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TRAIL: A Sword for Killing Tumors

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Abstract:

Tumor necrosis factor-related apoptosis inducing ligand (TRAIL) is a promising anticancer agent that selectively triggers apoptosis in various cancer cells by interacting with its proapoptotic receptors DR4 and KILLER/DR5. The intensive studies of TRAIL signaling pathways over the past decade have provided clues for understanding the molecular mechanisms of TRAIL-induced apoptosis in carcinogenesis and identified an array of therapeutic responses elicited by TRAIL and its receptor agonists. Preclinical and clinical studies have shown that recombinant TRAIL and the agonistic mono-antibodies targeting TRAIL receptors exhibit potent tumoricidal activities as monotherapies and that the combinatorial therapies of these agents in conjunction with other anticancer modalities such as chemo or radiotherapy amplify the activities of anticancer agents and widen the therapeutic window by overcoming tumor resistance to apoptosis and driving cancer cells to self-destruction. The identification of a number of biomarkers that predict tumor sensitivity of patients to TRAIL-based therapy shed a new light on the personalized therapeutic strategies targeting the TRAIL/TRAIL receptor pathway.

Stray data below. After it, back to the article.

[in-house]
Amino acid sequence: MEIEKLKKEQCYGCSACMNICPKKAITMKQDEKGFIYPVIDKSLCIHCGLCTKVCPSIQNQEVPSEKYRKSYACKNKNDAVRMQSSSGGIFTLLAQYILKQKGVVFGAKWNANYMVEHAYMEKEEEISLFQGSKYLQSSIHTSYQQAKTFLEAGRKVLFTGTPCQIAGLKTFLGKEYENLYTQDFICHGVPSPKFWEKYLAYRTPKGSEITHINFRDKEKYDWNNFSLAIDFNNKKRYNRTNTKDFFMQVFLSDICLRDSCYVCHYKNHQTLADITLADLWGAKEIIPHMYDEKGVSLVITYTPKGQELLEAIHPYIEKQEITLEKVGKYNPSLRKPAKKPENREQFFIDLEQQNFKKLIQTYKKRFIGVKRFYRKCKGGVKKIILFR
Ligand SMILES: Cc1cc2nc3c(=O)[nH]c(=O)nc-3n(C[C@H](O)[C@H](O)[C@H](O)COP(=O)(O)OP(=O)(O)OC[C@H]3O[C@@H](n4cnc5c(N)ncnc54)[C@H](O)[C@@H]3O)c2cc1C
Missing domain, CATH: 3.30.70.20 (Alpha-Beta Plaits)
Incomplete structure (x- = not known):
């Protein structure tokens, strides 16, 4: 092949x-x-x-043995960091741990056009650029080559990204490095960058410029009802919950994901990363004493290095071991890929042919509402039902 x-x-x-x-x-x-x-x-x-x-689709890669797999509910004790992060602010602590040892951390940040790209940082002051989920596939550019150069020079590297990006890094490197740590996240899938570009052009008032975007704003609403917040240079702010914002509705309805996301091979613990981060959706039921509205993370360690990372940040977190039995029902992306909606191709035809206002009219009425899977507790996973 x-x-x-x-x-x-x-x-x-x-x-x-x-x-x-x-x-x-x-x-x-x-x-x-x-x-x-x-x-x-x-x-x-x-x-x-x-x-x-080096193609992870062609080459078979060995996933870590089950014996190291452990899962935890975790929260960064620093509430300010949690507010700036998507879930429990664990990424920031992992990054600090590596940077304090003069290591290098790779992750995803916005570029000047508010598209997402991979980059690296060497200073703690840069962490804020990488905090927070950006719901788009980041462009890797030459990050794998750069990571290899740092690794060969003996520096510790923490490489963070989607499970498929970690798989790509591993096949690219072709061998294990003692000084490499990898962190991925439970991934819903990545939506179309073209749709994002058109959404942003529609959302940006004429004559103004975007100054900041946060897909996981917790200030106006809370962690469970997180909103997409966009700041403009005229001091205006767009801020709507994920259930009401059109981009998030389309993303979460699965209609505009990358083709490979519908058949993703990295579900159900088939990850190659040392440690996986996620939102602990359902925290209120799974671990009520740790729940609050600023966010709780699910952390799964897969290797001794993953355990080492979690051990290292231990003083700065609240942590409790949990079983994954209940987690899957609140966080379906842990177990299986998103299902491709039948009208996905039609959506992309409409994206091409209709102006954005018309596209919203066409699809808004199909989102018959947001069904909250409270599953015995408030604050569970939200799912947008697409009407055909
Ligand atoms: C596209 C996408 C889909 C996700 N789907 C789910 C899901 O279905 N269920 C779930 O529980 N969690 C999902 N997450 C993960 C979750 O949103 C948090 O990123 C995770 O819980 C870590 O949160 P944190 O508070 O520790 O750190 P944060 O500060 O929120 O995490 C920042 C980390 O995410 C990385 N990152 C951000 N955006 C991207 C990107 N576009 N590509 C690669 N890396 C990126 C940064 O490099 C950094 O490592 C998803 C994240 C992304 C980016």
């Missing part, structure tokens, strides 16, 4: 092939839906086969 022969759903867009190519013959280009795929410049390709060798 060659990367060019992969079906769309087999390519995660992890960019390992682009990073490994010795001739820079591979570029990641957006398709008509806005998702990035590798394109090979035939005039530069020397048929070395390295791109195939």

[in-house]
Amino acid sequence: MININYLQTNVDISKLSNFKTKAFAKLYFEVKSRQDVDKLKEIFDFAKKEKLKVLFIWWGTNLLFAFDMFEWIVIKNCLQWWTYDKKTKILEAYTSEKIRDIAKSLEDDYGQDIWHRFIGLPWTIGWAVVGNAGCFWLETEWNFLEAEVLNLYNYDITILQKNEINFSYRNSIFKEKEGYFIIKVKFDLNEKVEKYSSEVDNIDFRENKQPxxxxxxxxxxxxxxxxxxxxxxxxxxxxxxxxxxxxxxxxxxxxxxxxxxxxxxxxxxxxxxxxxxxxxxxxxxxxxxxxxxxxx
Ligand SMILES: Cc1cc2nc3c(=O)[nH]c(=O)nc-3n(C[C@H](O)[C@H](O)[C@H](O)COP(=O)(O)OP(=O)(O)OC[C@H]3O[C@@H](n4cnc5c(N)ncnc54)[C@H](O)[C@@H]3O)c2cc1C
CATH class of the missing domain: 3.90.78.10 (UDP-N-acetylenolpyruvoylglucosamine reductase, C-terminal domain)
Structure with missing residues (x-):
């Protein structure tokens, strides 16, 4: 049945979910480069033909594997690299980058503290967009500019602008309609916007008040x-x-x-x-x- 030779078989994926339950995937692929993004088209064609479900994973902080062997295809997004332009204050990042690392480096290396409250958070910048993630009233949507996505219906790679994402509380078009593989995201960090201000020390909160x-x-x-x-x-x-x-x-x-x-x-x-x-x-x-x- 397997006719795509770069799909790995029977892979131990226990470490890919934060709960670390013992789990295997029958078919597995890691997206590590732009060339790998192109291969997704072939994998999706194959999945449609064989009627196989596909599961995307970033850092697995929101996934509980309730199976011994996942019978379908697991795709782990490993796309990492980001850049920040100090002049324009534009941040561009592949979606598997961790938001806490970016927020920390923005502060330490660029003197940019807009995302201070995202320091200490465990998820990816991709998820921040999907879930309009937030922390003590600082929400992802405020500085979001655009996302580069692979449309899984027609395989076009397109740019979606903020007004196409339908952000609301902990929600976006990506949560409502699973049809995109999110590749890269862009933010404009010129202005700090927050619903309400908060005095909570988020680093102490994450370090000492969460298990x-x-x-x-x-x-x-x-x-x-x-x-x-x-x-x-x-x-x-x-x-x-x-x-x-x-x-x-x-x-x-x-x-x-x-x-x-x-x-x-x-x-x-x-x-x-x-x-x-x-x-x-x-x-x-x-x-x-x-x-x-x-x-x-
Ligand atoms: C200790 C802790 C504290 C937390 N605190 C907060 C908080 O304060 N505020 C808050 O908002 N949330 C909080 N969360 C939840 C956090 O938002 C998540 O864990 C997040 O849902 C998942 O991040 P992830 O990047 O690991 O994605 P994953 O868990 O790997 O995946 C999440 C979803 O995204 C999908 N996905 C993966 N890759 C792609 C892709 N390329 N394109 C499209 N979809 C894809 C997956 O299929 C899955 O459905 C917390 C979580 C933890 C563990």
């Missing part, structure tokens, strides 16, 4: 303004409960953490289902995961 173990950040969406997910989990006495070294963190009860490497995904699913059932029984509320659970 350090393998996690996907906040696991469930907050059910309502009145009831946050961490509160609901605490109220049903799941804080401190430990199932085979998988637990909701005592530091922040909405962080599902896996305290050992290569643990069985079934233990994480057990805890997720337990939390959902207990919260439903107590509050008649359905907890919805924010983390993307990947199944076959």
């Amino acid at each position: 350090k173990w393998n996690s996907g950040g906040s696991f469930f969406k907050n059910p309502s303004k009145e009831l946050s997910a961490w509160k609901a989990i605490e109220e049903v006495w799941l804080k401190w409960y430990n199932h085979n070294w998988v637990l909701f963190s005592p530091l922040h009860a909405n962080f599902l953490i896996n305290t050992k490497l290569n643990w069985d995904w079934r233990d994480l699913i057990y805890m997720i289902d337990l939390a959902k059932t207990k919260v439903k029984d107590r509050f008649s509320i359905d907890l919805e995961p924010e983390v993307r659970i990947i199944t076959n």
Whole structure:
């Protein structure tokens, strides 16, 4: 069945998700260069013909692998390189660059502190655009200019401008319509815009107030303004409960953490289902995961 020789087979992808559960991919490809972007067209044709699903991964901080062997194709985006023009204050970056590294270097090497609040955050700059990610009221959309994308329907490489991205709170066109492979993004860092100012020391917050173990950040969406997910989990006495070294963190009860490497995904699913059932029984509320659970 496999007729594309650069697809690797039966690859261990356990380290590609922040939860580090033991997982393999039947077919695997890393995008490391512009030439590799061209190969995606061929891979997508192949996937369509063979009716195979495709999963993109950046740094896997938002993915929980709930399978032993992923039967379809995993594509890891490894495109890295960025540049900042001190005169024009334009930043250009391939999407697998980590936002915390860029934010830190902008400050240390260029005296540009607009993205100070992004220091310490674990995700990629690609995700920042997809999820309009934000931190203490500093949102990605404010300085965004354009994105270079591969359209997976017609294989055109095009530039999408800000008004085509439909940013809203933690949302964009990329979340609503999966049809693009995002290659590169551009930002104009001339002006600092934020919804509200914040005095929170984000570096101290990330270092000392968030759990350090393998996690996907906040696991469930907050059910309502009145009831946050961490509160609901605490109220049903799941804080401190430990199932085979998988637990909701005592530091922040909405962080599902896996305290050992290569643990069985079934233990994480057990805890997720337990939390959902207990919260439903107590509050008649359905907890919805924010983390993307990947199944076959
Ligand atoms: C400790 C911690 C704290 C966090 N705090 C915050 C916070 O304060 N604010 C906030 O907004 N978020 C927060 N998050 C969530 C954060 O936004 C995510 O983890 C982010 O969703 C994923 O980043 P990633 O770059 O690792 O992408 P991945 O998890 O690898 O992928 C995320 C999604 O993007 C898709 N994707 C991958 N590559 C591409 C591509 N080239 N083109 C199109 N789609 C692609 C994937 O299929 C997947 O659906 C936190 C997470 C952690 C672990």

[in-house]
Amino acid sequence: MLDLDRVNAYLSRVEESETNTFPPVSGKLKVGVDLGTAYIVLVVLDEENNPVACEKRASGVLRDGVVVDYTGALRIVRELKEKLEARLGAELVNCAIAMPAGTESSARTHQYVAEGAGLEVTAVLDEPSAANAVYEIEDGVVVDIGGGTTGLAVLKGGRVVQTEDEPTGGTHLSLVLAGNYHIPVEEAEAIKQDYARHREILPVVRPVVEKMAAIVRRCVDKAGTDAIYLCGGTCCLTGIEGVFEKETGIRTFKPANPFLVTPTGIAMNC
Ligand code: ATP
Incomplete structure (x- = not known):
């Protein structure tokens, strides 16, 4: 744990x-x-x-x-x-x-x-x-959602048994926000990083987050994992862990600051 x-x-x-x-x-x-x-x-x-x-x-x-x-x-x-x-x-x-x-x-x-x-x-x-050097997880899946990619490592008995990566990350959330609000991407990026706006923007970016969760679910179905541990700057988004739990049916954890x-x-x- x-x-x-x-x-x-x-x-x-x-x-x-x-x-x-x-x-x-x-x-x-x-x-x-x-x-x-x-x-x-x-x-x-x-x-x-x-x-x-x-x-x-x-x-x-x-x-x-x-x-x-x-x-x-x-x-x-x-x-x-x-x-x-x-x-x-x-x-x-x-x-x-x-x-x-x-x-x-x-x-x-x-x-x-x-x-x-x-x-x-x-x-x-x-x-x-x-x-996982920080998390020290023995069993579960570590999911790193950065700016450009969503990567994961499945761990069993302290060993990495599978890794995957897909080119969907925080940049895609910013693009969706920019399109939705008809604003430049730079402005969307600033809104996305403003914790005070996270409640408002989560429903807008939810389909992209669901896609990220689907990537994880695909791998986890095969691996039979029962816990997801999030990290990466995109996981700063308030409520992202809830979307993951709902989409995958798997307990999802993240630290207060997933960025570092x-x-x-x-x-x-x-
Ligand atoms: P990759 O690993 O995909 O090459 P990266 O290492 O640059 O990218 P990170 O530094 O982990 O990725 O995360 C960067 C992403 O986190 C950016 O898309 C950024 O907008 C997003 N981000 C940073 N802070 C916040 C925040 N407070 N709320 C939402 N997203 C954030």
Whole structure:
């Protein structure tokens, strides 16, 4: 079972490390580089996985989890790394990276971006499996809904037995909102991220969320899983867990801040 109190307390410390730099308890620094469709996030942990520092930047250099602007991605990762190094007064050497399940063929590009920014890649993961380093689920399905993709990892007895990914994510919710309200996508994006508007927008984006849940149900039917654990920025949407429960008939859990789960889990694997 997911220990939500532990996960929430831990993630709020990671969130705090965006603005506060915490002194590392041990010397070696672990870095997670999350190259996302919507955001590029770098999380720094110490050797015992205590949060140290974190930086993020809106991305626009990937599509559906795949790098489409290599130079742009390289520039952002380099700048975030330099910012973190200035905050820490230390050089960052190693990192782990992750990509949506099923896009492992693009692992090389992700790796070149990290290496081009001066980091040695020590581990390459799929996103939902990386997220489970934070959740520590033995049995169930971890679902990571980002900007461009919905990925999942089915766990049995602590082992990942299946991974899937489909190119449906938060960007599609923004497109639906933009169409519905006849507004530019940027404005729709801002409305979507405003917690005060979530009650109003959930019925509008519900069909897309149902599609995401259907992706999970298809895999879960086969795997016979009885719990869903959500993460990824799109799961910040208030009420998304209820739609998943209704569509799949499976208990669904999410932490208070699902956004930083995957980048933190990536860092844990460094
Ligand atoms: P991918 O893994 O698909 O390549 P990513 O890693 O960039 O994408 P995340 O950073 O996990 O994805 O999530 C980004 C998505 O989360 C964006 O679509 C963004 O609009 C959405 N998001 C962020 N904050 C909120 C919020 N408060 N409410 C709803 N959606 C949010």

Keywords: (DED); (FADD); (RIP); (TRADD); (TRAF2); 5-FU treatment; AIDS; Alzheimer's diseases; Apoptosis; Bak; Bax; Bcl-2; DR4; DcR1; DcR2; Eu-myc; Excessive apoptosis; FUT 3; FUT 6; GALNT14; GALNT3; Huntington's disease; JUN N-terminal kinase; KILLER/DR5; Osteoprotegerin; TNF; TNF family; TNF receptor superfamily; TRAIL; TRAIL apoptotic pathway; TRAIL-induced apoptosis; TRAIL-sensitive tumors; Tumor necro-sis factor (TNF)-related apoptosis-inducing ligand (TRAIL); Tumor necrosis factor (TNF)-related apoptosis-inducing ligand (TRAIL); XIAP; anti-TRAIL receptor; biomarker; c-FLIP; cancer therapy; carcinogenesis; cardiac ischemia; caspase-dependent pathway; chemo or; death inducing signaling complex; deficient apoptosis; drug design; extracellular signal-regulated kinase; homotrimer; interferons; mDcR1; mDcR2; mitogen-activated protein kinases; nuclear factor-B; radiotherapy; resistant tumor; tissue homeostasis

Document Type: Research Article

DOI: https://doi.org/10.2174/092986710793176285

Publication date: 2010-10-01

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  • Current Medicinal Chemistry covers all the latest and outstanding developments in medicinal chemistry and rational drug design. Each issue contains a series of timely in-depth reviews written by leaders in the field covering a range of the current topics in medicinal chemistry. Current Medicinal Chemistry is an essential journal for every medicinal chemist who wishes to be kept informed and up-to-date with the latest and most important developments.
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